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The Dispossessed: Singing the praises of a choir

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  • John Neal
    LONDON EVENING STANDARD: At first glance, the group around the piano belting out I m still standing look like a typical eccentric amateur choral group. One
    Message 1 of 1 , Oct 13, 2010

      At first glance, the group around the piano belting out "I'm still standing" look like a typical eccentric amateur choral group. One woman has a shaved head, a few have no socks, some wear short pants despite the autumn chill, and one man has a suit jacket over a worn T-shirt.

      Yet the three dozen choristers (otherwise neatly turned out) who assemble in this former church hall in King's Cross every Monday evening are in fact exceptional. Not for their virtuoso individual voices — though thanks to their inspirational leader, Marie Benton, they sing like angels — but because of who they are and the transformative role this choir plays in their lives.

      The Choir With No Name is for homeless people or, as some say, "for people who have hit rock bottom". Their ages range from 24 to 62; most have slept rough and now live in homeless shelters across the capital, though each story is poignantly unique.

      For Richard Threlfall, the trigger was being left by his wife and the sale of the family home. For Dean Johnson it was relationship breakdown and a descent into alcoholism. For Adel Tuzani it was drug addiction. For Mada a foreign war. And for Carole Wardell cancer — and the side-effects of medication that led to her being too tired to function and precipitated her slide into homelessness.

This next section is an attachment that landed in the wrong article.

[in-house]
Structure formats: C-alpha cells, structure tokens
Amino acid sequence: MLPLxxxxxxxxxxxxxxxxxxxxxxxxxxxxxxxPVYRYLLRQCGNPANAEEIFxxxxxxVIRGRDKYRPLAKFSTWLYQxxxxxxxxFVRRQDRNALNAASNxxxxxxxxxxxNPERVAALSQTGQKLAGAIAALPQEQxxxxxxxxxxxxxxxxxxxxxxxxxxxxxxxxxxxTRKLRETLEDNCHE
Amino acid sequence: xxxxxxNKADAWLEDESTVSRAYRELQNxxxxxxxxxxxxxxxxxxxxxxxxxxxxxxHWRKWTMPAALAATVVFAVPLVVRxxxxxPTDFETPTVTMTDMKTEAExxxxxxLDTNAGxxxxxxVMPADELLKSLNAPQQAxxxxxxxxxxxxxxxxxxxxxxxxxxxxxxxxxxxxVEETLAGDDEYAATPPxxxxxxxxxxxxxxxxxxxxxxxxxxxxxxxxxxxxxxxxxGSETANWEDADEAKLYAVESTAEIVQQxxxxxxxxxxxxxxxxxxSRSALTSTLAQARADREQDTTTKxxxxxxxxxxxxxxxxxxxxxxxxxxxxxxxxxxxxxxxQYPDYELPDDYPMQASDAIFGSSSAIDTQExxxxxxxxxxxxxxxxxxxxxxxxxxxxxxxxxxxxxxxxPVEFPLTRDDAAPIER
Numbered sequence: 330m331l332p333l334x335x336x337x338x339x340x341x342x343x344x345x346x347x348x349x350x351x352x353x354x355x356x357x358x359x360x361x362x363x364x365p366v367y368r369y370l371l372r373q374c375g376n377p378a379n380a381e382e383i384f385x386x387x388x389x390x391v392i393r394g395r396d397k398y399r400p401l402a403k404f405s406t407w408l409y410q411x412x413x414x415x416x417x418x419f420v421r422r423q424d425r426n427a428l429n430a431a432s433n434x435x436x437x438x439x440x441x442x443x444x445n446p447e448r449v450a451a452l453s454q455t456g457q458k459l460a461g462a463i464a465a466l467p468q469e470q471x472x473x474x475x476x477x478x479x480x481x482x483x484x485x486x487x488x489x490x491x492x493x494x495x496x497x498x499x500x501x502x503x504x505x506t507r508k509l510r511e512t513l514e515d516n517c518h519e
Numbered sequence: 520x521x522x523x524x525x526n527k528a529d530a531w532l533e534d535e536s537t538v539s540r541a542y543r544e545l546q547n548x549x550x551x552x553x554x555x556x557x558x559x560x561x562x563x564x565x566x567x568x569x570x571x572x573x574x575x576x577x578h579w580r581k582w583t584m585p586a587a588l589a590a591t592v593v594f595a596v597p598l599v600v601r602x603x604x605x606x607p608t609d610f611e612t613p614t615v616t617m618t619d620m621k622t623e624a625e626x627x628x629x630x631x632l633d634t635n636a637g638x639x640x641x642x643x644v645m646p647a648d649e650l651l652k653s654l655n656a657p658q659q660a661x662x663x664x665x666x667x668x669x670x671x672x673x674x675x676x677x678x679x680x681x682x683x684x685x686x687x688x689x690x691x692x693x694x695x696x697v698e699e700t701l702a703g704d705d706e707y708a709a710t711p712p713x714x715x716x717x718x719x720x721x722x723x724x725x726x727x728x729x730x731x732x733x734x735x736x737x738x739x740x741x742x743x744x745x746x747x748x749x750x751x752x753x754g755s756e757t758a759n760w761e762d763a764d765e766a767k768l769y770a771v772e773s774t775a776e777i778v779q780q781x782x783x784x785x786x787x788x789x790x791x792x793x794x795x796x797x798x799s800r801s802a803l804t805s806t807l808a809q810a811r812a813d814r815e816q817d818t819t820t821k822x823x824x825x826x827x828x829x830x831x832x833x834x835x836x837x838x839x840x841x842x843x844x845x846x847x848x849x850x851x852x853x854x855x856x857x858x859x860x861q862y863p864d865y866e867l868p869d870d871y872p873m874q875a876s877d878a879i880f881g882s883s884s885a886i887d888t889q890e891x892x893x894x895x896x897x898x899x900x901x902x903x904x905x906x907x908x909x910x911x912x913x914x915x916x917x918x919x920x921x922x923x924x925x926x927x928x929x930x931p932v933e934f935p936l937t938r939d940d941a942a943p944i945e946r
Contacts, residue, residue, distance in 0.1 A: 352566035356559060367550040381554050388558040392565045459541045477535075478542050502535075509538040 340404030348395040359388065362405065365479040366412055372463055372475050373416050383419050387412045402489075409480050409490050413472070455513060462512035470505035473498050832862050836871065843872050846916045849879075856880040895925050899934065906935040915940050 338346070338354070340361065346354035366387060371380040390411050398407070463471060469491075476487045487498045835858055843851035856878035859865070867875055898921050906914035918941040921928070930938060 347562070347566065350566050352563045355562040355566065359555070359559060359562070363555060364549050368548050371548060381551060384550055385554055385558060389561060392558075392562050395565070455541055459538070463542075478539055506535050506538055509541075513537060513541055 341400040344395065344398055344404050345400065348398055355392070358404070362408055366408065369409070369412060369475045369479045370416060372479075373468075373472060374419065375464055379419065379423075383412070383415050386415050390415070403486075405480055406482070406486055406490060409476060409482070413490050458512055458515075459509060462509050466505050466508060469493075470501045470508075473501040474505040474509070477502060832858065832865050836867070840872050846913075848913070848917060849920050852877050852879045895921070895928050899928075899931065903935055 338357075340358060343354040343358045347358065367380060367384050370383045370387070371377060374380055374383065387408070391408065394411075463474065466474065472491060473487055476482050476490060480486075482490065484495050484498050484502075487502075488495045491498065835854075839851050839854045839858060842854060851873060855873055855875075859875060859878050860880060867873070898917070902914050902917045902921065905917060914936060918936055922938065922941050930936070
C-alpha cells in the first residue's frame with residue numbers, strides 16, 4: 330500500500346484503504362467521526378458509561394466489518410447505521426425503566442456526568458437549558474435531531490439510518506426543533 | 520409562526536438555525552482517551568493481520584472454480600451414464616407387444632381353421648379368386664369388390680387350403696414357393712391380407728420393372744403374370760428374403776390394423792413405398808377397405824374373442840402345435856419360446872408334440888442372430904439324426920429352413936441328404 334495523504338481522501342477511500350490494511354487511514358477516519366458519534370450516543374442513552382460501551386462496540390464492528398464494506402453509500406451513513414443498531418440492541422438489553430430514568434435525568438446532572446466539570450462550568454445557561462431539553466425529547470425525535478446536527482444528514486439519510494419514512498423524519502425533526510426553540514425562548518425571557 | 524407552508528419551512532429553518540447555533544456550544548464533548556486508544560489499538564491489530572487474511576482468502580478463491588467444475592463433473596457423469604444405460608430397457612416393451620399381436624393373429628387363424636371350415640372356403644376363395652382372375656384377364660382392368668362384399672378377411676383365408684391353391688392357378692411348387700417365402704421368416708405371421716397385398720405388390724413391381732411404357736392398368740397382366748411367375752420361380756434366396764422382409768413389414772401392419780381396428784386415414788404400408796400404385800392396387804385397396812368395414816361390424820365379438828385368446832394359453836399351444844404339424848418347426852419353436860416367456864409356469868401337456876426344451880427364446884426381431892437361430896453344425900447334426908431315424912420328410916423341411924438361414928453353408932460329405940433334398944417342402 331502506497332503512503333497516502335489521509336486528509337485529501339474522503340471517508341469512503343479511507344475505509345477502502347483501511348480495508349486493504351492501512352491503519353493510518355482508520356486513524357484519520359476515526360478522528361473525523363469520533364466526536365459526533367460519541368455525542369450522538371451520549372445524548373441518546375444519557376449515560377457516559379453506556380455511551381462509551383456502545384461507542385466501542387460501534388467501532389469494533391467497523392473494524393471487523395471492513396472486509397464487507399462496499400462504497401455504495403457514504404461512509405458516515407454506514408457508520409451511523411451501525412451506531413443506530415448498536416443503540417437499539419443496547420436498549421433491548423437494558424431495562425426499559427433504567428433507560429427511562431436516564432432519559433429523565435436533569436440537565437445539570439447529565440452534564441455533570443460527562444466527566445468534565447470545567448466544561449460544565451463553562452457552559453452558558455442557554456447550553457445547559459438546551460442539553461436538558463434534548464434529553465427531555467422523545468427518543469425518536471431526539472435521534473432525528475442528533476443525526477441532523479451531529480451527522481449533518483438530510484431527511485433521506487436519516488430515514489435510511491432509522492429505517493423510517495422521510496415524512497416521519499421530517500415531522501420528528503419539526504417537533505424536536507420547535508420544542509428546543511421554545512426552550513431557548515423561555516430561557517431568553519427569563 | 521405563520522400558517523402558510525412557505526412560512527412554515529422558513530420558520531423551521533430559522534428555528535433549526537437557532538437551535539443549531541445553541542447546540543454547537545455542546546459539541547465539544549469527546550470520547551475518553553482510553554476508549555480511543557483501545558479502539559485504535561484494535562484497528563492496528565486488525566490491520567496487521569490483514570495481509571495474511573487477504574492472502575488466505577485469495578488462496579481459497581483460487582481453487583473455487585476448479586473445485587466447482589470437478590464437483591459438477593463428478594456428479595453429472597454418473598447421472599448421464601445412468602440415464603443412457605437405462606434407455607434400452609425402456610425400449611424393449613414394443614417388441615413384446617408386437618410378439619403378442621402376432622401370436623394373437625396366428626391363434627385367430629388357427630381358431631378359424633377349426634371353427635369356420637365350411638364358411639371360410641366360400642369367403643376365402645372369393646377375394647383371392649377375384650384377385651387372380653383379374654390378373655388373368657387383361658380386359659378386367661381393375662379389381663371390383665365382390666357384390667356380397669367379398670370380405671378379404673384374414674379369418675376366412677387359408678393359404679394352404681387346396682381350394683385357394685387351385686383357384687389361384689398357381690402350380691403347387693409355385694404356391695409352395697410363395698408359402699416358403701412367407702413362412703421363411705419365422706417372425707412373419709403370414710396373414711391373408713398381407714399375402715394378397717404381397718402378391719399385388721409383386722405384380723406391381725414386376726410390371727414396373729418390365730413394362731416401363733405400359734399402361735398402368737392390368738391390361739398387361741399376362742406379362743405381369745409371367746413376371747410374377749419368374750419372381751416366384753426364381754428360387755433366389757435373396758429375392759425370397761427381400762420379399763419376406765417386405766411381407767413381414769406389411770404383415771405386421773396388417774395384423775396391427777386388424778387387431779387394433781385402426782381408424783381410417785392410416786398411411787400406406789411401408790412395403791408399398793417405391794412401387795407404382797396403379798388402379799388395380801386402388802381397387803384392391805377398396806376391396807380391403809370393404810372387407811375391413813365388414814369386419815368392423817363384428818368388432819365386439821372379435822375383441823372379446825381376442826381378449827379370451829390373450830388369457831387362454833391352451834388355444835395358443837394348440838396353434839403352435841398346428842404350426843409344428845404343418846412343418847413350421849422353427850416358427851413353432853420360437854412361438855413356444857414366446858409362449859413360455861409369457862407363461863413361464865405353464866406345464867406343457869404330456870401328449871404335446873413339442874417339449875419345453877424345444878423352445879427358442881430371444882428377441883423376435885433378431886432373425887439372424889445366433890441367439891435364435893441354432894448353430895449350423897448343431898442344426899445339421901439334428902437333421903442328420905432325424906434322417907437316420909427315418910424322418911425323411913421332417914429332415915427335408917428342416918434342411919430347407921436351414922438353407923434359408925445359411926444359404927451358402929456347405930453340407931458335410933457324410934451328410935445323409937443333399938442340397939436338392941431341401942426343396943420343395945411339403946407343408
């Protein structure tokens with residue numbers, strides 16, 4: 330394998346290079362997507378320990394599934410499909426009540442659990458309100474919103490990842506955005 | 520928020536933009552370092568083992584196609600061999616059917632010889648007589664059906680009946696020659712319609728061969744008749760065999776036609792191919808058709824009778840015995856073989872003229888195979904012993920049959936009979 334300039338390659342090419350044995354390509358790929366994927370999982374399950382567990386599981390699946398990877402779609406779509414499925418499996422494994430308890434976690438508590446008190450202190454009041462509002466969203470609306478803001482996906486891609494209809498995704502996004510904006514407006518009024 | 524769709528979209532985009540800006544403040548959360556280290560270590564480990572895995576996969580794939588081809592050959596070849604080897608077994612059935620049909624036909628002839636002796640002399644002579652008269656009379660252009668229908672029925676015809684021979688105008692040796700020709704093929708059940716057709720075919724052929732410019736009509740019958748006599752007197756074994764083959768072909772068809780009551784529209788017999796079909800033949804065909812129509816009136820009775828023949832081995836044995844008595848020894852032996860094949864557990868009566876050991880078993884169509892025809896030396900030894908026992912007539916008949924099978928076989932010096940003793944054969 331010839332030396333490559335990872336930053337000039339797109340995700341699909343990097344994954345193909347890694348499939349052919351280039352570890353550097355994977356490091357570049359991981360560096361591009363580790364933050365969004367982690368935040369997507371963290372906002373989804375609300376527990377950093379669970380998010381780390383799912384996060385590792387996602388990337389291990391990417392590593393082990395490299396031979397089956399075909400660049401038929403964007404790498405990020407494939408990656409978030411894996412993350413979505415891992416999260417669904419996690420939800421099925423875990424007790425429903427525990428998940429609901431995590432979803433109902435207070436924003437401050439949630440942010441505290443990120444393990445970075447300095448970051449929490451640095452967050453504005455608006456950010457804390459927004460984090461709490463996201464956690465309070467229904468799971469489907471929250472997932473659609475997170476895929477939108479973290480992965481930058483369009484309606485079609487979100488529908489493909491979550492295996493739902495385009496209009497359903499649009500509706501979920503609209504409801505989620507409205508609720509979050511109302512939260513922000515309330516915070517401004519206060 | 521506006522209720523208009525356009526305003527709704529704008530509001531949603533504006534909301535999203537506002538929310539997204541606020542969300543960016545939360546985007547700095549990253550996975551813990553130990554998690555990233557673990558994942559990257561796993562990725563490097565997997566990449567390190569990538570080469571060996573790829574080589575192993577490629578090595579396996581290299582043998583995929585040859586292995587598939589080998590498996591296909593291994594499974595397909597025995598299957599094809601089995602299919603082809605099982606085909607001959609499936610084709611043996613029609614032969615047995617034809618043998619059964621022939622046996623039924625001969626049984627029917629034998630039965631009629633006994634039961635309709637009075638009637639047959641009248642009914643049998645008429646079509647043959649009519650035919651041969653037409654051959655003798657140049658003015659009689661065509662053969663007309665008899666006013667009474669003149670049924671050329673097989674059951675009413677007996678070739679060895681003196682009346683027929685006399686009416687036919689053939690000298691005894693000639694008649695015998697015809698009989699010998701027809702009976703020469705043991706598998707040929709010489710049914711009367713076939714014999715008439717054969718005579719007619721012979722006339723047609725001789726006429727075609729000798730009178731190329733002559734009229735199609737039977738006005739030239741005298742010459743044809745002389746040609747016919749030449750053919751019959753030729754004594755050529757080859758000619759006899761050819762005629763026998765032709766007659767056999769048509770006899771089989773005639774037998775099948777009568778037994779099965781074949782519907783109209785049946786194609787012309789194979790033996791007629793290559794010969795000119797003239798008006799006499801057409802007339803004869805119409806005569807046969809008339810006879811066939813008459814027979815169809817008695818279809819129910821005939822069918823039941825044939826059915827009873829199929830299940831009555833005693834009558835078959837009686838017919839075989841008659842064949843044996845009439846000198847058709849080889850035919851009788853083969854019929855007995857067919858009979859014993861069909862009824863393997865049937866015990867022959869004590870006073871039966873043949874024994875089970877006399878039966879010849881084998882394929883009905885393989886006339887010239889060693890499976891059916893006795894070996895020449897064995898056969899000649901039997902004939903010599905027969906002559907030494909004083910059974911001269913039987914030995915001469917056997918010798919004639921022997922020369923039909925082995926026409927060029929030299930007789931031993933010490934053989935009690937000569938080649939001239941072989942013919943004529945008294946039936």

Marie, 35, founded the choir in 2008. She is a St Mungo's charity worker with a passion for music who wanted to give the homeless something more to look forward to than a hot meal. With her team of volunteers she has created an ensemble with 35 members for whom the choir is "the highlight" of their week — and much more.

      "People arrive with low expectations, but they enjoy themselves and after a few weeks you see them start to blossom," says Marie. "It's about creating a safe environment for them to build confidence and develop a supportive community."

      Now, with the help of a £4,650 grant from the Evening Standard Dispossessed Fund — one of more than 200 grants totalling £700,000 we've disbursed to similarly deserving community groups so far — the choir have been recording their first album to showcase their work. "The boost to the group is tremendous," says Marie. "For these people to go into a recording studio and know that your readers have dug deep to pay for them to put together something professional has huge ramifications for their self-esteem — and for the way London knits together as a city."

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